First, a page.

Review: SBTRKT – Wonder Where We Land


Wonder Where We Land is the second studio album from London-based Aaron Jerome, formally known as SBTRKT. The album maintains the distinctive experimental style recognisable in SBTRKT’s self-titled album released in 2011, and even takes the experiments a step further- with 21 songs packed into an hour long double album.

Before releasing the full studio album, SBTRKT released 3 EPs as part of his ‘Transitions’ series. The EPs, which can be found on his Soundcloud, mark a transition between the self-titled first album and Wonder Where We Land, preparing listeners for the innovative style to come.

We are eased into Wonder Where We Land with ‘Day 1’, 30 seconds of rising electronics, before being greeted with the title track of the album. The title track is a little tamer in style than others, but with a multi-layered construction of vocals and electronics – featuring SBTRKT’s frequent collaborator, Sampha – it does not falsely lull you into a sense of security. The start of the album presents an almost calculated theme of alternating between songs with vocals and those that lay bare the electronic talents of Jerome, but as it progresses this scheme falls away and listeners are introduced to the huge range of collaborators on Wonder Where We Land.

Sampha, who featured on SBTRKT’s self-titled album back in 2011, is not the only one to collaborate once more with the solo-artist. Jessie Ware, who featured previously on ‘Sanctuary’ and ‘Right Thing To Do’, works again with SBTRKT for the track ‘Problem (Solved)’. Her vocals work wonderfully against the backdrop of SBTRKT’s music on what is one of the lighter tracks of the album, and it is perfectly clear to see why the choice was made. Vampire Weekend’s Ezra Koenig is also among those to collaborate on the album with the cleverly lyricized ‘NEW DORP. NEW YORK.’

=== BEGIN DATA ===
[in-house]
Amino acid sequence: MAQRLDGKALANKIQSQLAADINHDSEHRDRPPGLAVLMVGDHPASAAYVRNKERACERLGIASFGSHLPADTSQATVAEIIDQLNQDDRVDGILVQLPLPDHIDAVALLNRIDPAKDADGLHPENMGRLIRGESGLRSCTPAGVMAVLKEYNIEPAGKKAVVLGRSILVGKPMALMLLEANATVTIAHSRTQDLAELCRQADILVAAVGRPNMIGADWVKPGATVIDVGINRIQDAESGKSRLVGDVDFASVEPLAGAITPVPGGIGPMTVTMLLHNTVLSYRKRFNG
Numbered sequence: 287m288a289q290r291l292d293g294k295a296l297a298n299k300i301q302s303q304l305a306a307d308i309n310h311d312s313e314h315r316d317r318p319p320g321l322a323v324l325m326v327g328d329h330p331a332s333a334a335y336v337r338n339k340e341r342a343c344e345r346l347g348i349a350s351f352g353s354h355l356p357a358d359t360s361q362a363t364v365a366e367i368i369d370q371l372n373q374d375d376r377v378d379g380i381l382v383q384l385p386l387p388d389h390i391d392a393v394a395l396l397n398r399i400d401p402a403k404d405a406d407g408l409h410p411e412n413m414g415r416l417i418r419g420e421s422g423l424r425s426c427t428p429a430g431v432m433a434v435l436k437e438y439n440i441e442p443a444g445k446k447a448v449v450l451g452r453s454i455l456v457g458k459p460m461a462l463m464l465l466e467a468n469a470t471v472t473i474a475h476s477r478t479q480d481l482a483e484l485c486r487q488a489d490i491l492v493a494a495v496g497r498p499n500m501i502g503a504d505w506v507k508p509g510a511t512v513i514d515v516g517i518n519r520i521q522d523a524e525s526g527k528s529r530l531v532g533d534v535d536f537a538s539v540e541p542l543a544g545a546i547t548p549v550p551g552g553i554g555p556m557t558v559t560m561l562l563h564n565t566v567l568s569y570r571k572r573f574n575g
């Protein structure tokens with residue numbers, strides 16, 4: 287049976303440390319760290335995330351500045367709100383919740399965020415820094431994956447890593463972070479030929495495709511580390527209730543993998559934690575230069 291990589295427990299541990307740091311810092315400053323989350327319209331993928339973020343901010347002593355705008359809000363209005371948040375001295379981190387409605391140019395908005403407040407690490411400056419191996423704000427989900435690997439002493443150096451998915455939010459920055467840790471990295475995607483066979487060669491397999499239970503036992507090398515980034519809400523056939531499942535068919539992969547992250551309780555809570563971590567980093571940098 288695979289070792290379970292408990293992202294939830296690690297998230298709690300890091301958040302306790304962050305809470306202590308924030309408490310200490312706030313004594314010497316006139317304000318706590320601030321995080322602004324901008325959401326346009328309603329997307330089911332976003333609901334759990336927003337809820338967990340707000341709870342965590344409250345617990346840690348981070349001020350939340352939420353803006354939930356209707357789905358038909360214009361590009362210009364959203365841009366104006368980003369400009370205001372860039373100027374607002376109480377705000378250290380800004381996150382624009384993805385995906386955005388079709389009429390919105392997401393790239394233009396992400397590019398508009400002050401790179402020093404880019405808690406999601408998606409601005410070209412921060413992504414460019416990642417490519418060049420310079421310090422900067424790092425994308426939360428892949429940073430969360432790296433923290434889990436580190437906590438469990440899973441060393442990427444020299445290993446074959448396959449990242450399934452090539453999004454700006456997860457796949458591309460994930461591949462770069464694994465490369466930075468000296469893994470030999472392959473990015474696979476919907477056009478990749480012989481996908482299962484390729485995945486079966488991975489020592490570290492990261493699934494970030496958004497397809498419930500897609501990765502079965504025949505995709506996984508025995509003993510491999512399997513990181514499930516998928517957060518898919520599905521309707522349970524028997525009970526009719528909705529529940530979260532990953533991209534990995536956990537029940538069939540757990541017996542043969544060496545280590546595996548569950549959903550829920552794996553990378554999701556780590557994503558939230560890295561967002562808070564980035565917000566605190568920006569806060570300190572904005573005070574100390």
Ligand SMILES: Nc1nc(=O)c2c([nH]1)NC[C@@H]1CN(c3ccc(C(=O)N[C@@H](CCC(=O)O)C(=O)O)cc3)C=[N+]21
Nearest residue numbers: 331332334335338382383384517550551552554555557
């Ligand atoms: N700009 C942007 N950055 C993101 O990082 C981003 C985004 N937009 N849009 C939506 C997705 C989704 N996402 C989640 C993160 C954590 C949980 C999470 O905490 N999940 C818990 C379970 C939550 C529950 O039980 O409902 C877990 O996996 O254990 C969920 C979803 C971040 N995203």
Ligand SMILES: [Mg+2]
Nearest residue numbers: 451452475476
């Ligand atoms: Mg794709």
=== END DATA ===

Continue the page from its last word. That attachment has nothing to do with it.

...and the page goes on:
Others to feature include Warpaint, Raury, Caroline Polachek, Koreless and A$AP Ferg. It would be all too easy to focus almost entirely on the collaborations that feature so strongly on the album, but that would dismiss the talent of SBTRKT that is the undercurrent for all of the tracks on Wonder Where We Land.

The separation of the two disks of the double LP seems to mark a slight shift in tone from the first to the second, with the latter end of the album (particularly ‘War Drums’ which features vocals from Warpaint) marking a more haunting tone to the former. The album as a whole is then brought full circle by ending on a purely electronic final track in the form of the beautifully constructed ‘Decemberist’, which presents the style we truly associate with SBTRKT.

Wonder Where We Land is, essentially, an excellent follow up to SBTRKT’s self-titled album. At the hands of a more ambitious range of collaborations and styles comes an album that is a little disjointed at times, but it is possible to get past this. You could not knock the sheer talent of Aaron Jerome and his ability to unify such a level of experimentation on one album- so let’s hope there isn’t another three-year wait before his next instalment.

Wonder Where We Land is out now via Young Turks records.

3.5 stars




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Third year English student, Records Editor, list maker and lover of Kinder Buenos.

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